You can read the whole background here. A web comic author complained that when he went to buy or pay to watch the TV series Game of Thrones, he was unable to do so. The producers of that show simply do not allow anyone to pay to watch it except on HBO.
To summarize, he was willing to pay to watch the show, but the producer refuses to take his money.
A columnist by the name of Andy Ihnatko wrote that this shows the erroneous sense of entitlement internet users have. “Entitlement” being a derogatory comment, of course. He argues that HBO has no duty to offer its shows in a format to please its audience. And that internet users should simply buy what HBO offers or sit down and shut up.
He’s right. But he’s still wrong. He won the battle but lost the war. Let me explain.
Imagine if a meat-space retailer operated the same way HBO is acting. Imagine if Wal-Mart was only open a few utterly inconvenient hours per week, they had all of these “windows” (aka, timelines) for selling fresh fruit and meat, and sometimes they would simply refuse to even sell fresh fruit or meat. “Sorry, we have the steaks in the Wal-Mart vault.” Analogous to the famous “Disney vault.”
And to make the analogy complete, Wal-Mart would only barely lock their doors. Anyone could walk in anytime they wanted and take whatever they wanted.
Who would the police blame each and every time Wal-Mart called for another robbery? Wal-Mart, of course. And after a while, I’d guess the police would even stop coming.
But in the wonderful world of intellectual property, it’s never the copyright industry’s fault. It’s always the consumer’s fault.
So, Ihnatko is correct. HBO does not have to offer its shows in a format its customers want. However, once HBO refuses to take money from its customers, it no longer can complain about piracy taking away lost sales.
HBO has a solution to piracy: offer a product people are willing to pay for. The sole reason HBO is losing sales is because it’s refusing to sell.
Every so often a Copyright Maximalist gets caught violating copyright. For example, France’s President, Nicolas Sarkozy, was accused of violating copyright. SOPA sponsor Lamar Smith has been accused of infringing a photographer’s copyright.
People are outraged by this. They consider it hypocritical. How can someone demand stronger copyright laws, but then ignore the laws currently on the books?! It doesn’t seem to make any sense.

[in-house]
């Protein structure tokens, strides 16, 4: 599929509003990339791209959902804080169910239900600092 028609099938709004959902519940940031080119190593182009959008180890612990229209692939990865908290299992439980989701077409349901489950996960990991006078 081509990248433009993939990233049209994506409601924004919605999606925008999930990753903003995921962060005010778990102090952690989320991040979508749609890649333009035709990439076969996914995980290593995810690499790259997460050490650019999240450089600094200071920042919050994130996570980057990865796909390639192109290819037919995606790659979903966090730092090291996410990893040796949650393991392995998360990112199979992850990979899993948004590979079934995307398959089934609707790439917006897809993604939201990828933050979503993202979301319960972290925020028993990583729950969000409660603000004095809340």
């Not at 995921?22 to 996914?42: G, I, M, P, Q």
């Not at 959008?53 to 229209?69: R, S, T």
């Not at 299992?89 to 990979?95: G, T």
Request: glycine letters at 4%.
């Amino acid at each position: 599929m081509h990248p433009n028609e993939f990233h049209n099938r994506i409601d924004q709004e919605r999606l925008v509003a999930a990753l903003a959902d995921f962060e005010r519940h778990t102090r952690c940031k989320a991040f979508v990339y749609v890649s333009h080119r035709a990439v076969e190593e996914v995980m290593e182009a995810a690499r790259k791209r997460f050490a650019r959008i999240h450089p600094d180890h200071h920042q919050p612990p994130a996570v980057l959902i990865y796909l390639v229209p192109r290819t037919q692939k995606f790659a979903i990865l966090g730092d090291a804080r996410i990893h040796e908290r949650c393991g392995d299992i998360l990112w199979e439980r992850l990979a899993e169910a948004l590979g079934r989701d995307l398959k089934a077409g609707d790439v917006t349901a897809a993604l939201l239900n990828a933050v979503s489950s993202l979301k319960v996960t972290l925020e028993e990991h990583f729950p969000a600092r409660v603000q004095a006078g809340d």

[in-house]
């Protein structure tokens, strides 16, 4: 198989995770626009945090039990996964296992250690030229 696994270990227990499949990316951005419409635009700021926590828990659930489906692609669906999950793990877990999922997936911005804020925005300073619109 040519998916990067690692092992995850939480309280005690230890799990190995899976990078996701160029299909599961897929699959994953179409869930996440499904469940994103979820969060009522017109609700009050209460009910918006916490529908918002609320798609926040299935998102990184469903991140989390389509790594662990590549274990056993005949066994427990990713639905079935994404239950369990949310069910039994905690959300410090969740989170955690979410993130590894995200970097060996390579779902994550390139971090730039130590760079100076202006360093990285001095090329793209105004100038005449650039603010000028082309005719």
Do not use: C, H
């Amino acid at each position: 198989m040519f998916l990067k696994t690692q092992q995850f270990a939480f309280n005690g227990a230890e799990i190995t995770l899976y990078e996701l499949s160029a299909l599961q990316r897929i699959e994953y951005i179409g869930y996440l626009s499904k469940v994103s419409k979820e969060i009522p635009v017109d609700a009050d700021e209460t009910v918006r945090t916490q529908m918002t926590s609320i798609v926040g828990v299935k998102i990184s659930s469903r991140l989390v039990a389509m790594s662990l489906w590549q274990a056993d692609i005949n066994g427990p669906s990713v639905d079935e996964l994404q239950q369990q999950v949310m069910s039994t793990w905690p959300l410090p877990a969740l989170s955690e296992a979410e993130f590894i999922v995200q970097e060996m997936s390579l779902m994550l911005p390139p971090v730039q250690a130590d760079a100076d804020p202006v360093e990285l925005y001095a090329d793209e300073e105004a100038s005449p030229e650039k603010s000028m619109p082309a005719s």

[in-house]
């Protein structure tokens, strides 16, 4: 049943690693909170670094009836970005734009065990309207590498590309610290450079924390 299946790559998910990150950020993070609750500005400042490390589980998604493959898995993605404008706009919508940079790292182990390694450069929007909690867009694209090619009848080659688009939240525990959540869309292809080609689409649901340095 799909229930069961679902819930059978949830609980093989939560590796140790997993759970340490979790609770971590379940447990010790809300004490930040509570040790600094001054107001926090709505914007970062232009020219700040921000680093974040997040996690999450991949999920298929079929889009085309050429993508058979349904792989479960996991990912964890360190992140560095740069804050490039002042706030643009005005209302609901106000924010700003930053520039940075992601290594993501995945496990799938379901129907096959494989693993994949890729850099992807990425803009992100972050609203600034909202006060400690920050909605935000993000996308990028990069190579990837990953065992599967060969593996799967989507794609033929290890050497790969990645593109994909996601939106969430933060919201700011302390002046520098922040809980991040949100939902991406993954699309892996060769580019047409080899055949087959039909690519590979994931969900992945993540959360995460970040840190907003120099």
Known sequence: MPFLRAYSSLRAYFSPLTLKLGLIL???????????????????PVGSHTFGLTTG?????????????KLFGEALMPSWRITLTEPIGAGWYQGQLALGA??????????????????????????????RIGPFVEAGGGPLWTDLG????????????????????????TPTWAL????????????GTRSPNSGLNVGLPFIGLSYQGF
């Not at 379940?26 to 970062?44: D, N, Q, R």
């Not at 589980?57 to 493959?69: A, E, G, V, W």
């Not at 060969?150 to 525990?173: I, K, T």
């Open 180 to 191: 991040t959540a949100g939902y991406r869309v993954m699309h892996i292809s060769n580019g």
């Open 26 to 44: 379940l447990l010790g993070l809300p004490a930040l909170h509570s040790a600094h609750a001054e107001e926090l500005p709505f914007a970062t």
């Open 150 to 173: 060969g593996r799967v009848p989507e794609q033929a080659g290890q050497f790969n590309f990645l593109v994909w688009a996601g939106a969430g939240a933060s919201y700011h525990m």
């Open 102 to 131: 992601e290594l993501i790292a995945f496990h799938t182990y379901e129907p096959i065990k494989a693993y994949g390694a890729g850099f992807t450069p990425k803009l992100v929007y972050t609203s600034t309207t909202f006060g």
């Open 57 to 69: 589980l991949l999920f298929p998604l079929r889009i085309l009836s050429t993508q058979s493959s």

However, it does make sense. Copyright Maximalists don’t give a frick about protecting copyrights. A better term to describe them would be Middlemen Protectionists.
These people don’t give a frick about the rights of some photographer. But they are highly concerned if Viacom or Disney feels their profits are insufficient.
When a powerful status quo corporation, which derives all of its profits collecting government granted monopoly rents, wants government protection, the Middlemen Protectionist are the first to jump up to help. They’ll demand new draconian laws. They’ll gladly dump the first amendment and due process to give their middlemen buddies higher profits.
But if a photographer wants a bowl of gruel to compensate him for his work, the Middlemen Protectionist just lights up another cigar and laughs.
It would certainly appear that I’m using a circumvention device to access protected copyrighted materials.
I’ve written before that the copyright industry simply cannot and will not compete in a free market. Whenever competition arises, they’ll sue. If they can’t sue. They’ll have laws enacted to allow them to sue. If they can’t get laws passed, they’ll have treaties passed, which will force new laws to be enacted.
As another example in the pseudo IP realm, D’Addario, which makes guitar strings, also wants government protection from China. He wants the government to act as his own private police force to protect his trademarks.
But one person in the copyright industry has learned that competition is a good thing. She’s the CEO of a company which makes and sells software. When an employee left the company and started selling her own nearly identical version of the software, the CEO’s first instinct was to go legal. She sued. That’s what the copyright industry always does when faced with competition.
But after spending a ton of money with no solution in sight, she decided to drop the legal action and compete. She listened to her customers and made a better product. Her sales are higher as are her profits.
Let’s hope the music and movie industries learn the value of competition before they go out of business.
A long long time ago, before income taxes were imposed upon the citizenry of the United States, the Federal government made its money from tariffs. If you wanted to import your goods into the US, you had to pay the government. Tariffs gave the government its loot and protected our corporations from competition.
But as the US became a huge economic juggernaut, US corporations wanted to export our goods to the rest of the world. Those corporations fought against tariffs and demanded “free” trade. They wanted to sell our goods to foreign lands without additional costs and impediments.